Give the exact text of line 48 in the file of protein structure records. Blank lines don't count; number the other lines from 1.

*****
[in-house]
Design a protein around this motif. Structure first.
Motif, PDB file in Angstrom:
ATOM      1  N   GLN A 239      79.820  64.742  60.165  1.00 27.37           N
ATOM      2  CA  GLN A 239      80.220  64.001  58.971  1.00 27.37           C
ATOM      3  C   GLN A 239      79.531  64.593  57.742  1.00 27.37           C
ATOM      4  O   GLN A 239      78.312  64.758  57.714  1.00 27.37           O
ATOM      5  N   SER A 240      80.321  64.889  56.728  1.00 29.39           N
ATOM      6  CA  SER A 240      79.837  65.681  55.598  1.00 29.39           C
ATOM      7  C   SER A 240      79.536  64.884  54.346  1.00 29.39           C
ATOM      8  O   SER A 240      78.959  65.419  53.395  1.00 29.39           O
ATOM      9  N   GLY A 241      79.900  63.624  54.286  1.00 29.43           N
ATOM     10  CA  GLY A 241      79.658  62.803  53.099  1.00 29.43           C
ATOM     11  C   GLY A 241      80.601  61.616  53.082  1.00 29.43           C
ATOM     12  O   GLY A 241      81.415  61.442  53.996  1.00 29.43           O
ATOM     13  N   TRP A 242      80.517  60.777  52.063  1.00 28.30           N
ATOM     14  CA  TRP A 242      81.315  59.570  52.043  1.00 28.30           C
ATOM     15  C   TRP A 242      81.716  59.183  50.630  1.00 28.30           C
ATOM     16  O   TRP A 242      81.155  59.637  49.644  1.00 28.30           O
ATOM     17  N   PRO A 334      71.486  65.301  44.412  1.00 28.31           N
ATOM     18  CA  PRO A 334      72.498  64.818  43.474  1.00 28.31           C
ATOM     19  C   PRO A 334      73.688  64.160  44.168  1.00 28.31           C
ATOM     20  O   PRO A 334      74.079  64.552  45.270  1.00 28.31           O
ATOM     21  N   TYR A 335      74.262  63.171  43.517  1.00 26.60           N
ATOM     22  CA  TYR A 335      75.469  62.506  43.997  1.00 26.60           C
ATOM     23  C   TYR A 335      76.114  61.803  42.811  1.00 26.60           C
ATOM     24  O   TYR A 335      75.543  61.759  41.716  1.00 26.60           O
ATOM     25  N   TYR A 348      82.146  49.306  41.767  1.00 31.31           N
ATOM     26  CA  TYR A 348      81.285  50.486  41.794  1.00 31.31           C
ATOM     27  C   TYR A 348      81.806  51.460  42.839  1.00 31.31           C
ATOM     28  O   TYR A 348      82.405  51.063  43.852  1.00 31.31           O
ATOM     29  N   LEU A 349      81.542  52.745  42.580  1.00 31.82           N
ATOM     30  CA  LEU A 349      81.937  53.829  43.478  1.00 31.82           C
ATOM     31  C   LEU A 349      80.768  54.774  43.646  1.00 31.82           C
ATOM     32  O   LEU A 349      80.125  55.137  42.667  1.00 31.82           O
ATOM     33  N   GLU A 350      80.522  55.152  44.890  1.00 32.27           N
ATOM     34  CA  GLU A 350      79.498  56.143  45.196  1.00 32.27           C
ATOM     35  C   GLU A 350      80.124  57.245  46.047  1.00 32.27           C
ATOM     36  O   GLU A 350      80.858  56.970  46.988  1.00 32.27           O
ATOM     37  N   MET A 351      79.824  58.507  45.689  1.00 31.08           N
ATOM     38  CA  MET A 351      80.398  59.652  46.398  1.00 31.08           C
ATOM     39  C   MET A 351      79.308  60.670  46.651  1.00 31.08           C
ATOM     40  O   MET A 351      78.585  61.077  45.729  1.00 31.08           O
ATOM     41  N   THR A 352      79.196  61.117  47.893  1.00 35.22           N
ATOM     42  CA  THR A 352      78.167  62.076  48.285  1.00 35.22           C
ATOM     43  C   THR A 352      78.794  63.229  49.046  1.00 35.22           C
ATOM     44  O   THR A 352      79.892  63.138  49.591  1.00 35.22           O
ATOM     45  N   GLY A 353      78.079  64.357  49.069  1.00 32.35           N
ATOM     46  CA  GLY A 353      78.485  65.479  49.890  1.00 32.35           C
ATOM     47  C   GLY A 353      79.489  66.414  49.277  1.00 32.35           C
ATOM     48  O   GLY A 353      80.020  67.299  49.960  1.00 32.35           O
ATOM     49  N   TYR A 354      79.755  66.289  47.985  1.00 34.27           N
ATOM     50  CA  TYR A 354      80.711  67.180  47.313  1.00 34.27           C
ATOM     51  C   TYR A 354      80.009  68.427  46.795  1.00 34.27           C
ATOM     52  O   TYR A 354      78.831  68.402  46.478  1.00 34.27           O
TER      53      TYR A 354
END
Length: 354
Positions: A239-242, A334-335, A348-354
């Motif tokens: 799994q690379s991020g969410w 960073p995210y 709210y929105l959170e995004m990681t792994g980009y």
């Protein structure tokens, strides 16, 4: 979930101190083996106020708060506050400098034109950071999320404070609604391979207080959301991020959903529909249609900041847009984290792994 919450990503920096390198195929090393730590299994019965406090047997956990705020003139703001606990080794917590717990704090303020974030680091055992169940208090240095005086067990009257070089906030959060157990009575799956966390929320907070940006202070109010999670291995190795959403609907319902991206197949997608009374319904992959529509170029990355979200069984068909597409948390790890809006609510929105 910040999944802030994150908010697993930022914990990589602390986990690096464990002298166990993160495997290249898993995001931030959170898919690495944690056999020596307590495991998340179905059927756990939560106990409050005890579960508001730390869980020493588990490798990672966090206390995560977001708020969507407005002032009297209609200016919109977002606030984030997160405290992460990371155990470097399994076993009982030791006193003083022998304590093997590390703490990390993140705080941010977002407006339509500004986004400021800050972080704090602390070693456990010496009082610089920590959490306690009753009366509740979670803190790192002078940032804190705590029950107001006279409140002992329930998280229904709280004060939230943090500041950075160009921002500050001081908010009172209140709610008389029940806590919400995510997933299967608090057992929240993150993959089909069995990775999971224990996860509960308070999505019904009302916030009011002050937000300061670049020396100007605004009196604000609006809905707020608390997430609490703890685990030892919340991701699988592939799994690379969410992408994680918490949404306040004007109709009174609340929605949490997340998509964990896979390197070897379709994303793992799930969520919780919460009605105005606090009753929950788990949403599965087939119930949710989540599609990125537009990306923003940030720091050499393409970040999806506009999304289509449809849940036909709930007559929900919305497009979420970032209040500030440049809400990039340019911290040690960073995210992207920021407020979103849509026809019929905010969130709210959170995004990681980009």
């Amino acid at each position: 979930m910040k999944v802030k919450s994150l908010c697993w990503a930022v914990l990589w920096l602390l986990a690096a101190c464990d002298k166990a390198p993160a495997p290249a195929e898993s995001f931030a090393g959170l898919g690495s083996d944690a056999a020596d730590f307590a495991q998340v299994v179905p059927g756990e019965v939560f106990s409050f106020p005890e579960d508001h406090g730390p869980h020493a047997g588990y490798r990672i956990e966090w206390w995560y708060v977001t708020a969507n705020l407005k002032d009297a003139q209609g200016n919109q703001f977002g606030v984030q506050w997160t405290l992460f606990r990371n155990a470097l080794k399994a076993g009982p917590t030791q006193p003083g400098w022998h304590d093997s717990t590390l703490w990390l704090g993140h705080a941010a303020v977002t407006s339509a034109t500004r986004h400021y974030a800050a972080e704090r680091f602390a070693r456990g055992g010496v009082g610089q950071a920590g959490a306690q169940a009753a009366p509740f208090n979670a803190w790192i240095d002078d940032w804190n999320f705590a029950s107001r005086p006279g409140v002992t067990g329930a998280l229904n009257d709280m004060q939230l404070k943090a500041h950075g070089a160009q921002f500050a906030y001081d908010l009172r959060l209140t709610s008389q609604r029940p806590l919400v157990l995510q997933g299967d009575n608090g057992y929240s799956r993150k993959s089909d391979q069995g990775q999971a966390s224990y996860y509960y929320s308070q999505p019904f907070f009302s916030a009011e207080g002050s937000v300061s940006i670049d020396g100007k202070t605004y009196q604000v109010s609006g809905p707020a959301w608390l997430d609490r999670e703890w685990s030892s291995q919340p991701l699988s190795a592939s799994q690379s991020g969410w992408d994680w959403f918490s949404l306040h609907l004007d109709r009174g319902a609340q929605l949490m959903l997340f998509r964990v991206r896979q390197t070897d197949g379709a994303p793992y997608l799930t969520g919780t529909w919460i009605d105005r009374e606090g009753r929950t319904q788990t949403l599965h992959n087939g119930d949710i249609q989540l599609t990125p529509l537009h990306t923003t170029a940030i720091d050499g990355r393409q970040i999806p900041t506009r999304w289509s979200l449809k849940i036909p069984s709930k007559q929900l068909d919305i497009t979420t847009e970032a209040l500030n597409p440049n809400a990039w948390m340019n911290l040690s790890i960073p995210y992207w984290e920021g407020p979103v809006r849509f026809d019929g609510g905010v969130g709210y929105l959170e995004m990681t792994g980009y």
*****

ATOM     45  N   GLY A 353      78.079  64.357  49.069  1.00 32.35           N